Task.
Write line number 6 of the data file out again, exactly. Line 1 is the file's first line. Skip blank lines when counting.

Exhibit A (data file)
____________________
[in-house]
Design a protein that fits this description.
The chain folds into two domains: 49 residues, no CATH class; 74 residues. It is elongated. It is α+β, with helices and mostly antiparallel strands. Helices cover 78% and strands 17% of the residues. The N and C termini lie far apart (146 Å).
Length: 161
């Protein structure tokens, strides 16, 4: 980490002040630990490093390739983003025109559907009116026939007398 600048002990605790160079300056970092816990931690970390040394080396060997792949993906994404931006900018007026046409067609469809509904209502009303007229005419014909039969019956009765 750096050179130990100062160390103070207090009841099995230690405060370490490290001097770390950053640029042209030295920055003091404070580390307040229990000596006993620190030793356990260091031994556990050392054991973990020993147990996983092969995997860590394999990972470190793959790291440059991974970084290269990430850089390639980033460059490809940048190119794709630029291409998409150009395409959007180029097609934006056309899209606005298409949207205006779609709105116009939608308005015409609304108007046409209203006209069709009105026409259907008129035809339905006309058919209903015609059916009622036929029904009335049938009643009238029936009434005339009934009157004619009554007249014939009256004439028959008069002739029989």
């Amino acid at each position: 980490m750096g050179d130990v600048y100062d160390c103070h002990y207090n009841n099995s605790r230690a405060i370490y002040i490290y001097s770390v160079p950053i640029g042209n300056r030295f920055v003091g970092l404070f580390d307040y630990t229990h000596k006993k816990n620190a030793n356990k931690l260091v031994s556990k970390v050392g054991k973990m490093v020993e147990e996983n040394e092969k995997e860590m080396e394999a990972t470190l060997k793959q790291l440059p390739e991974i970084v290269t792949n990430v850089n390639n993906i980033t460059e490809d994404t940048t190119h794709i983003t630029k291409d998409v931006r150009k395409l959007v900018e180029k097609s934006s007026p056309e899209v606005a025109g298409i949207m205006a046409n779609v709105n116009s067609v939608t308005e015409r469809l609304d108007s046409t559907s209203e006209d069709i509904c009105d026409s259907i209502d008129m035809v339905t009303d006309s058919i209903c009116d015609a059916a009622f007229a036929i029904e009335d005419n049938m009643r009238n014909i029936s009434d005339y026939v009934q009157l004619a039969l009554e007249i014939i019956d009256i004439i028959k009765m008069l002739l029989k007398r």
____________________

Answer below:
């Amino acid at each position: 980490m750096g050179d130990v600048y100062d160390c103070h002990y207090n009841n099995s605790r230690a405060i370490y002040i490290y001097s770390v160079p950053i640029g042209n300056r030295f920055v003091g970092l404070f580390d307040y630990t229990h000596k006993k816990n620190a030793n356990k931690l260091v031994s556990k970390v050392g054991k973990m490093v020993e147990e996983n040394e092969k995997e860590m080396e394999a990972t470190l060997k793959q790291l440059p390739e991974i970084v290269t792949n990430v850089n390639n993906i980033t460059e490809d994404t940048t190119h794709i983003t630029k291409d998409v931006r150009k395409l959007v900018e180029k097609s934006s007026p056309e899209v606005a025109g298409i949207m205006a046409n779609v709105n116009s067609v939608t308005e015409r469809l609304d108007s046409t559907s209203e006209d069709i509904c009105d026409s259907i209502d008129m035809v339905t009303d006309s058919i209903c009116d015609a059916a009622f007229a036929i029904e009335d005419n049938m009643r009238n014909i029936s009434d005339y026939v009934q009157l004619a039969l009554e007249i014939i019956d009256i004439i028959k009765m008069l002739l029989k007398r």